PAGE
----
- Tickets cost $10 per screening, $136 for Reel Pass admission to all screenings ($118 for members).
- For more information and to purchase tickets, visit palmbeachjewishfilm.org.
Visit page two for the complete PBJFF screening schedule.
For real cinephiles, below is the complete lineup of the PBJFF screening schedule.
- On Thursday, January 16 the festival will open with the South Florida premiere of When Comedy Went to School at the Kravis Center for the Performing Arts in the Cohen Pavilion at 7 p.m. Played in the honor of the film festival’s namesake, Donald M. Ephraim, the film revisits the famed Catskill Mountains’ hotels where young Jewish comedians like Sid Caesar, Mort Sahl, Jerry lewis and Jerry Stiller cut their teeth and honed their craft.
- The festival begins nine continuous days of film screenings on Saturday, January 18 with a screening of the foreign film The Third Half at 7 p.m. at the Cobb Theatres Downtown and a screening of the foreign film The Jewish Cardinal at 7:30 p.m. at Frank Theatres at Delray Marketplace—both of which are Palm Beach County premieres.
- Sunday, January 19 eight films are on the docket, with the screenings of By Summer’s End (11 a.m.), My Best Holidays (2 p.m.), Zaytoun (4:30 p.m.) and The Jewish Cardinal (7:30 p.m.) at Cobb Theatres Downtown. Concurrently, Frank’s Theatres at Delray Merketplace will run Joe Papp in Five Acts and the short Wilt Chamerlain: Borscht Belt Bellhop (11 a.m.), The Third Half (1:30 p.m.), The Ballad of the Weeping Spring (5 p.m.) and Kidon (7:45 p.m.).
- On Monday, January 20 the festival continues with Lunch and Wilt Chamberlain: Borscht Belt Bellhop (11 a.m.), My Australia (1:30 p.m.), Aftermath (4:30 p.m.) and Out in the Dark (7:30 p.m.) at Cobb Theatres Downtown in Palm Beach Gardens. Frank Theatre at Delray Marketplace will be screening Broadway Musicals: A Jewish Legacy (11 a.m.), The Sturgeon Queens and California Shmeer (1:30 p.m.), Sukkah City (3:30 p.m.) and Sonny Boy (6:30 p.m.)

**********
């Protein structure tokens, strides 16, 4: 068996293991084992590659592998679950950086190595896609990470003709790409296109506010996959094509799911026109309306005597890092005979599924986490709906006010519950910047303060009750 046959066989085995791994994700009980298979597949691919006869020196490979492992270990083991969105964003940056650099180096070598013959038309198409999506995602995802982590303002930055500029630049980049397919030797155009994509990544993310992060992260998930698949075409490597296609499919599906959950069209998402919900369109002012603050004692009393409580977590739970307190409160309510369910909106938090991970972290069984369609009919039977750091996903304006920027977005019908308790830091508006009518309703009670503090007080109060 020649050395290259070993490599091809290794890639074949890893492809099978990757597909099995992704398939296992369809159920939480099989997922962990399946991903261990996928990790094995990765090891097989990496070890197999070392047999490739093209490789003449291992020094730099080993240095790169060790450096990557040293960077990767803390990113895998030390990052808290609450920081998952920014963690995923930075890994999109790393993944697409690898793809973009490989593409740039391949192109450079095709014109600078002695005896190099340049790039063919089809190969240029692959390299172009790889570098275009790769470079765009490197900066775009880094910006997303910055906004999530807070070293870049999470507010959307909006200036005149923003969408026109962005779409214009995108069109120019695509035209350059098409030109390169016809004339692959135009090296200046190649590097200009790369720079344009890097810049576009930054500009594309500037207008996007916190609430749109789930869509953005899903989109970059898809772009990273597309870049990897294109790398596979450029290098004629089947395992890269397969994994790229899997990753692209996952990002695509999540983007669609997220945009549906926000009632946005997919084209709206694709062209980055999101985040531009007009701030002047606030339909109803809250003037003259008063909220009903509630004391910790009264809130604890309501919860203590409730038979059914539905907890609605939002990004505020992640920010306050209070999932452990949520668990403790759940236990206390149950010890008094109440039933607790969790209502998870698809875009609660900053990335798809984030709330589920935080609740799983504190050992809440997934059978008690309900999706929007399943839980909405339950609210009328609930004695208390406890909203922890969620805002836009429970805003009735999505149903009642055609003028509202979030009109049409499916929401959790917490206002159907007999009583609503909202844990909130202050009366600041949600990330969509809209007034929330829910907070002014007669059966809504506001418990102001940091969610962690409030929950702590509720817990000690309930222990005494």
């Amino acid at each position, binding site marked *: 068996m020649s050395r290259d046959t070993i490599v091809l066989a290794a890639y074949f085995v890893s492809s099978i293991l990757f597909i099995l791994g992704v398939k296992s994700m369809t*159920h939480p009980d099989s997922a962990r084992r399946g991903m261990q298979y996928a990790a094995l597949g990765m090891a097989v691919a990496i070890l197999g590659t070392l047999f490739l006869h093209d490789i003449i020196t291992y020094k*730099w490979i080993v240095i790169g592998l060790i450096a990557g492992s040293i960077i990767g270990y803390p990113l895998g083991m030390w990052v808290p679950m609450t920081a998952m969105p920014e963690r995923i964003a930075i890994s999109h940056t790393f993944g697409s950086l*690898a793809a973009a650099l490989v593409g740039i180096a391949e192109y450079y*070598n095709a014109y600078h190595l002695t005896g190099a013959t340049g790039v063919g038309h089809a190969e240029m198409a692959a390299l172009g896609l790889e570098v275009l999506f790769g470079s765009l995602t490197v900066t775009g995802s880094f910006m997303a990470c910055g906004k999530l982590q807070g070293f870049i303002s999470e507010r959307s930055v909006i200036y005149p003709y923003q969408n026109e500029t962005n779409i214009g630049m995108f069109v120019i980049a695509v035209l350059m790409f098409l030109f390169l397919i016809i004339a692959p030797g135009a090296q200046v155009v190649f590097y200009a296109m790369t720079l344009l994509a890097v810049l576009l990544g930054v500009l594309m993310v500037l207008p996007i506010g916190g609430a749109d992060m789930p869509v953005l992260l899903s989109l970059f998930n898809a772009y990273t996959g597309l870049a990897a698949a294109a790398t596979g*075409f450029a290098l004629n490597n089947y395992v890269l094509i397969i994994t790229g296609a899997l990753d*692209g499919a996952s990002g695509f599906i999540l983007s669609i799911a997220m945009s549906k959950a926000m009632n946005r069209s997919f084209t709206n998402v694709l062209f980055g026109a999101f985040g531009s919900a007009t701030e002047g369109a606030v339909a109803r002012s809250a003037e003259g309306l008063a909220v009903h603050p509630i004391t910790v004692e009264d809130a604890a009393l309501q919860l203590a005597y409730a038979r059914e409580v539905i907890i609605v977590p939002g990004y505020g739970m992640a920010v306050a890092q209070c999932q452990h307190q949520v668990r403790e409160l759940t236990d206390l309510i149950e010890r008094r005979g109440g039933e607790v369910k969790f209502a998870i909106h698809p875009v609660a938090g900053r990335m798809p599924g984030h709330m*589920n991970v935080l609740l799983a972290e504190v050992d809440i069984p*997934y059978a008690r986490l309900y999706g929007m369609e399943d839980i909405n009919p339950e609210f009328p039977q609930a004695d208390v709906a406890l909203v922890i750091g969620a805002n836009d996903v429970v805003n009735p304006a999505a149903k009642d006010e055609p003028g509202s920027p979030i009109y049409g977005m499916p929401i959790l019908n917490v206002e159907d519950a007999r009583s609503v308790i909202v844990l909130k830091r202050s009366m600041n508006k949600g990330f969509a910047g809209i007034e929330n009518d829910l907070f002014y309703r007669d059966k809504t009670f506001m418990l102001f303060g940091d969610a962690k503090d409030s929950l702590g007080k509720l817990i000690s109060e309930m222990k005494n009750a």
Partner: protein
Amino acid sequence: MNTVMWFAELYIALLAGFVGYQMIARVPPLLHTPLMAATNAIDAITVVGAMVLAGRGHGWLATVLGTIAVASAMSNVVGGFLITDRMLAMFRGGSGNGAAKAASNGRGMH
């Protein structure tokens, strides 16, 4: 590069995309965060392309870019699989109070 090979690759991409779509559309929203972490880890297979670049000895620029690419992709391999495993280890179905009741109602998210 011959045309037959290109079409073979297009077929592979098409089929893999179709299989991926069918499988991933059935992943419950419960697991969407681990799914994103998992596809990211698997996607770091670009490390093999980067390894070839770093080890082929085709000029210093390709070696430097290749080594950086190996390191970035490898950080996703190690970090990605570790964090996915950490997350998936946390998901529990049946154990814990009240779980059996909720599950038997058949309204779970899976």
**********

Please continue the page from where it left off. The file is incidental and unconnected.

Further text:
- Tuesday, January 21 the festival will branch out to a third venue, the Norton Museum of Art with two art-centered films, Through the Eyes of the Needle and The Art of Spiegelman at 2 p.m. Cobb Theatres Downtown continues with viewings of The Sturgeon Queens and California Schmeer (11 a.m.), The World is Funny (1:30 p.m.), Sukkah City (4:45 p.m.) and The Last White Knight (7:30 p.m.). Frank Theatres at Delray Marketplace will be viewing Paris-Manhattan and Reporting the Times (11 a.m.), My Australia (1:30 p.m.), Zaytoun (4 p.m.) and Out in the Dark (7 p.m.).
- Day six, Wednesday, January 22 promises another stellar lineup of films with nine features and three shorts scheduled. Cobb Theatres Downtown will feature Fluckes and Wherever You Go (11 a.m.), Broadway Musicals: A Jewish Legacy (1:30 p.m.), In the Shadow (4 p.m.) and Disobedience: The Sousa Mendes Story (7:30 p.m.). Frank Theatres at Delray Marketplace will run Lunch and iMoses on the Mesa (11 a.m.), The Last White Knight (1:30 p.m.), Through the Eye of the Needle and The Art of Spiegelman (4 p.m.) and Aftermath (7 p.m.). The Norton Museum of Art will also screen a 2 p.m. viewing of Joe Papp in Five Acts.
- Thursday, January 23 Cobb continues with Take Us Home and the Moses on the Mesa (11 a.m.), Paris-Manhattan and Reporting on the Times (2:30 p.m.), Kaddish for a Friend (4:45 p.m.) and Kidon (7:30 p.m.), while Frank Theatres will screen shorts Fluchkes and Wherever You Go (11 a.m.), By Summer’s End (1:30 p.m.), The World is Funny (4:30 p.m.) and Disobedience: The Sousa Mendes (7:30 p.m.).
- Friday, January 24 will run a truncated screen run with Sonny Boy screening at Cobb at 11 a.m., with Frank Theatres screening Kaddish for a Friend (11 a.m.) and Cupcakes (1:30 p.m.).
- Saturday, January 25 continues the streamlined schedule with the two shorts The Return of the Violin and Generations of the Shoah: The Sigmund A. Rolat Story screening at Cobb at 7 p.m., while Dancing in Jaffa runs at 7:30 p.m. at Frank Theatres.
- The final day of the festival, Sunday, January 26, a full run of films is scheduled at both Cobb and Frank Theatres. Beginning at 11 a.m., Cobb will screen The Ballad of the Weeping Spring, followed by Cupcakes (1:45 p.m.), Dancing in Jaffa (4 p.m.) and The Zig Zag Kid (7 p.m.). Frank Theatres wraps its film schedule with My Best Holidays (11 a.m.), In the Shadow (2:30 p.m.), The Return of the Violin and Generations of the Shoah: The Sigmund A. Rolat Story (5:30 p.m.) and The Zig Zag kid (8 p.m.)